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Enhancing student engagement in student experience surveys: a mixed methods study

Enhancing student engagement in student experience surveys: a mixed methods study
Enhancing student engagement in student experience surveys: a mixed methods study
Background
Measuring the student experience is becoming increasingly important in higher education in the UK. Student experience surveys are used as indicators of quality and form the basis of rankings of higher education institutions. They are also used by them as tools to assist their quality enhancement initiatives. However, these surveys frequently suffer from low response rates, which can reduce the reliability and usefulness of their data. The UK Postgraduate Taught Experience Survey (PTES) is a relatively new survey and suffers from a low response rate. As this survey is new, little is known about why students do not respond to it.

Purpose
This study aimed to explore the reasons why postgraduate students do not respond to the PTES.

Sample
Three hundred and fifty-five postgraduate taught students from four health faculties in one UK higher education institution completed an online survey. Of these, seven participated in one of two focus groups.

Design and methods
The online survey was completed both by students who completed the PTES in 2011 and those who did not. This provided us with cross-sectional data to compare both groups’ knowledge of PTES and their reasons for completing or not completing it. We used multivariate regression analysis to explore which variables were associated with response to PTES. We led two focus groups to explore the themes that emerged from the survey in more depth. This data was analysed by two researchers using thematic analysis.

Results
The cross-sectional data found that students who were not clear about the purpose of PTES were less likely to respond, independent of other potential predictor variables. Focus group data indicated that if postgraduate students felt a stronger connection to the university community they may be more likely to respond to PTES.

Conclusions
This study suggests that higher education institutions may wish to review their strategies for advertising student experience surveys to focus more on their purpose rather than their impact.
0013-1881
71-86
Webber, Martin
1a5dcc7e-e8e0-41ef-91bc-0878fe110ea0
Lynch, Siobhan
1432be4a-0a45-4bf1-b2df-d9ad3a064b73
Oluku, Jennifer
056a43a5-2e02-4e9b-84ba-72a8e78764ea
Webber, Martin
1a5dcc7e-e8e0-41ef-91bc-0878fe110ea0
Lynch, Siobhan
1432be4a-0a45-4bf1-b2df-d9ad3a064b73
Oluku, Jennifer
056a43a5-2e02-4e9b-84ba-72a8e78764ea

Webber, Martin, Lynch, Siobhan and Oluku, Jennifer (2013) Enhancing student engagement in student experience surveys: a mixed methods study. Educational Research, 55 (1), 71-86. (doi:10.1080/00131881.2013.767026).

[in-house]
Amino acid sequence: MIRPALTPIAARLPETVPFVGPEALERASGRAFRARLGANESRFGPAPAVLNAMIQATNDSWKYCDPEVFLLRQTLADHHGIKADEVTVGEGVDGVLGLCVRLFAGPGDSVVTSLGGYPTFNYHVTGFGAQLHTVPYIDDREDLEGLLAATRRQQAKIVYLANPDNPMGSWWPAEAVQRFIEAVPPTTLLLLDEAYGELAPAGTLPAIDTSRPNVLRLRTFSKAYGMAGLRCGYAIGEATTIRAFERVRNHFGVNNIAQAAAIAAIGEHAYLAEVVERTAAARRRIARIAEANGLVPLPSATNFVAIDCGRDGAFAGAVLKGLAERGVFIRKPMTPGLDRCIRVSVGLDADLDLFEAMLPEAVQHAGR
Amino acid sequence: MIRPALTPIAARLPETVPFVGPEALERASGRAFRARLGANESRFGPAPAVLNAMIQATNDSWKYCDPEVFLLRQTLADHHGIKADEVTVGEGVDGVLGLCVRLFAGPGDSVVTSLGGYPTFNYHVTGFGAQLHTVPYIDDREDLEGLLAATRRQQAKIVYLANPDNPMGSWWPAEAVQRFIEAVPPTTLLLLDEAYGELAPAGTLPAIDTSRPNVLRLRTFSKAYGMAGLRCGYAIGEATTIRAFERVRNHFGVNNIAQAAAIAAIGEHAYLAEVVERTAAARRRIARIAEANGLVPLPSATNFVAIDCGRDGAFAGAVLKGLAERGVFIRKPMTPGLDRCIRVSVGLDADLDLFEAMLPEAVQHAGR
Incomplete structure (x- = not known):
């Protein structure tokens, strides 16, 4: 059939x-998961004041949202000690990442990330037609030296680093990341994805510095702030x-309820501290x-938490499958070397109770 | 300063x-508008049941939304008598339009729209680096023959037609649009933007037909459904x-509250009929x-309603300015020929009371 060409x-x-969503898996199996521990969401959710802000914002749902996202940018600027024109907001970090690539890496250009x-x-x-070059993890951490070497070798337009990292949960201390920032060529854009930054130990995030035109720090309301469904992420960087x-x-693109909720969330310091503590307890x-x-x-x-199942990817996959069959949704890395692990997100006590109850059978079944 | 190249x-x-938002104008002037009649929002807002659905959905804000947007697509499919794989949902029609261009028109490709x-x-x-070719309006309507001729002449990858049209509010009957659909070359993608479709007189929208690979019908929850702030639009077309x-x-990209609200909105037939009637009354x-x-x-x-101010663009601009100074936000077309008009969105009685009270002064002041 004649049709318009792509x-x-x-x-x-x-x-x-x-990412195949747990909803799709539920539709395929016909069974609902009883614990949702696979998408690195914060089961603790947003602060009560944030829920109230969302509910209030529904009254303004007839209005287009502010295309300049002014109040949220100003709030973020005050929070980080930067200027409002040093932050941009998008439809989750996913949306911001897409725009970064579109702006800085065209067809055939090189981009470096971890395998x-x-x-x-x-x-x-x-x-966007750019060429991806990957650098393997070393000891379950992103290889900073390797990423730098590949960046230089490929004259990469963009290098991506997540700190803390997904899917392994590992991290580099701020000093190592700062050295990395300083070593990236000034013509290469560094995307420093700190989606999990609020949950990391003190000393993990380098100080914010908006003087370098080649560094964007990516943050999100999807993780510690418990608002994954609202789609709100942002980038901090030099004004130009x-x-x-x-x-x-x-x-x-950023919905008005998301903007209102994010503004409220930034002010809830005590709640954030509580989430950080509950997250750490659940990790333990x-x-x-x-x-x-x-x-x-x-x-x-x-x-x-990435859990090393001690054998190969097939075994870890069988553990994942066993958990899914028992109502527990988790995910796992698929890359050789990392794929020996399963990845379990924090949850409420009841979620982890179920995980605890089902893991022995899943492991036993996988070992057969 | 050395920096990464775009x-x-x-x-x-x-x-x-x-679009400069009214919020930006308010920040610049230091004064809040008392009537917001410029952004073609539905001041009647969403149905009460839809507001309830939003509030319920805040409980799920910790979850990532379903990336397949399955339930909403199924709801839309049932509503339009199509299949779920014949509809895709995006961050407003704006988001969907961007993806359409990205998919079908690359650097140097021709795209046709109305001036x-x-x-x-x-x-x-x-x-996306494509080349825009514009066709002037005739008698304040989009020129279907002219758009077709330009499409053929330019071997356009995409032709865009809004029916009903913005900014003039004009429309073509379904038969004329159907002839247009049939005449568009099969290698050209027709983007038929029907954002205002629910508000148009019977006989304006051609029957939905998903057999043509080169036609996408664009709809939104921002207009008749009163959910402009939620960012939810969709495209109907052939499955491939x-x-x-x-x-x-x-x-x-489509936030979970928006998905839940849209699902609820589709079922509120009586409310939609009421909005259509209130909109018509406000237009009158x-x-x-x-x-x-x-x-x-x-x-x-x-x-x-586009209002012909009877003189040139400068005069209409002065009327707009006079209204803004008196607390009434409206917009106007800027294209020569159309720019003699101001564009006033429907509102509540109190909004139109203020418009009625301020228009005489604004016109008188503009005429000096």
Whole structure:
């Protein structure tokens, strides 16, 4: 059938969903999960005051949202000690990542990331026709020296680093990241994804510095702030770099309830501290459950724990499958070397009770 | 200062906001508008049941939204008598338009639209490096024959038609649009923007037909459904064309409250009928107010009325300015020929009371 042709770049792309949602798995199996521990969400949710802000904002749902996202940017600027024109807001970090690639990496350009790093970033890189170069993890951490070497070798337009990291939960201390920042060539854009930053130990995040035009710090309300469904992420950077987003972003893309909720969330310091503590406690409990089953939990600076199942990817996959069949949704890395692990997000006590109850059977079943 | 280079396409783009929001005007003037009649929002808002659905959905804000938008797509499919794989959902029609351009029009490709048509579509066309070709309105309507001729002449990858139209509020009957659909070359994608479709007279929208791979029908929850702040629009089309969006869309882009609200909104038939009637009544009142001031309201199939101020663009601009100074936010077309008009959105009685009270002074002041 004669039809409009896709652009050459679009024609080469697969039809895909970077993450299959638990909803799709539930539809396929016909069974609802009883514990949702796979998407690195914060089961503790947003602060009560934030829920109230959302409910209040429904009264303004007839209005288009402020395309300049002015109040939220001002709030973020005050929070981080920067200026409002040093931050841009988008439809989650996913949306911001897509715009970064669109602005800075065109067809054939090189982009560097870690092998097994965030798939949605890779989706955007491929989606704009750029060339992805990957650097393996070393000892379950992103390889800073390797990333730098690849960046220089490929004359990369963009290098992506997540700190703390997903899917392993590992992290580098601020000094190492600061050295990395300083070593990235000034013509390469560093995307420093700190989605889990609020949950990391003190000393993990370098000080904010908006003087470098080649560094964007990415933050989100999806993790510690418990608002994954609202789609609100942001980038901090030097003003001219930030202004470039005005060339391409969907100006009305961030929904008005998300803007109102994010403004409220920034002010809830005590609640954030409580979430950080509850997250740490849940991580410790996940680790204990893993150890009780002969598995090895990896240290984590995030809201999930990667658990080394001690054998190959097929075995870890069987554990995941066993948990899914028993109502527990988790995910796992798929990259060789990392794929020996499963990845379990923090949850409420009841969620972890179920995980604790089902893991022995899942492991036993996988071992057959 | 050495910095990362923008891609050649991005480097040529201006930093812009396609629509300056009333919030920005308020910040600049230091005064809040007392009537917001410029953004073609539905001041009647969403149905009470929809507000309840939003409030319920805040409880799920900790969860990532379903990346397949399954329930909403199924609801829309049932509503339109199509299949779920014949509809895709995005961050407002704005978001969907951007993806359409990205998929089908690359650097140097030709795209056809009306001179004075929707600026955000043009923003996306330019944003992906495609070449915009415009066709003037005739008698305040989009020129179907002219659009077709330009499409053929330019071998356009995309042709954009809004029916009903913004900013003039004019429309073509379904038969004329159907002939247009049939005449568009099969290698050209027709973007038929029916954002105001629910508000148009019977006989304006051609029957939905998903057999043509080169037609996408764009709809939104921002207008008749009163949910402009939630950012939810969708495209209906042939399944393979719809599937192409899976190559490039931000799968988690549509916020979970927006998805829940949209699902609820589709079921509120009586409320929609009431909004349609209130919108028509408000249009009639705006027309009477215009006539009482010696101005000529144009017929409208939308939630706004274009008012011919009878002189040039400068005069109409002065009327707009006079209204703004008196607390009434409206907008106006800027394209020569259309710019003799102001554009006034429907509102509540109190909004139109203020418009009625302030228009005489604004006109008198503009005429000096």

Record type: Article

Abstract

Background
Measuring the student experience is becoming increasingly important in higher education in the UK. Student experience surveys are used as indicators of quality and form the basis of rankings of higher education institutions. They are also used by them as tools to assist their quality enhancement initiatives. However, these surveys frequently suffer from low response rates, which can reduce the reliability and usefulness of their data. The UK Postgraduate Taught Experience Survey (PTES) is a relatively new survey and suffers from a low response rate. As this survey is new, little is known about why students do not respond to it.

Purpose
This study aimed to explore the reasons why postgraduate students do not respond to the PTES.

Sample
Three hundred and fifty-five postgraduate taught students from four health faculties in one UK higher education institution completed an online survey. Of these, seven participated in one of two focus groups.

Design and methods
The online survey was completed both by students who completed the PTES in 2011 and those who did not. This provided us with cross-sectional data to compare both groups’ knowledge of PTES and their reasons for completing or not completing it. We used multivariate regression analysis to explore which variables were associated with response to PTES. We led two focus groups to explore the themes that emerged from the survey in more depth. This data was analysed by two researchers using thematic analysis.

Results
The cross-sectional data found that students who were not clear about the purpose of PTES were less likely to respond, independent of other potential predictor variables. Focus group data indicated that if postgraduate students felt a stronger connection to the university community they may be more likely to respond to PTES.

Conclusions
This study suggests that higher education institutions may wish to review their strategies for advertising student experience surveys to focus more on their purpose rather than their impact.

Full text not available from this repository.

More information

Published date: March 2013
Organisations: Medical Education

Identifiers

Local EPrints ID: 370113
URI: http://eprints.soton.ac.uk/id/eprint/370113
ISSN: 0013-1881
PURE UUID: f8c939d1-ce14-4126-b391-16b9764438c9

Catalogue record

Date deposited: 15 Oct 2014 11:17
Last modified: 15 Jul 2019 21:41

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Contributors

Author: Martin Webber
Author: Siobhan Lynch
Author: Jennifer Oluku

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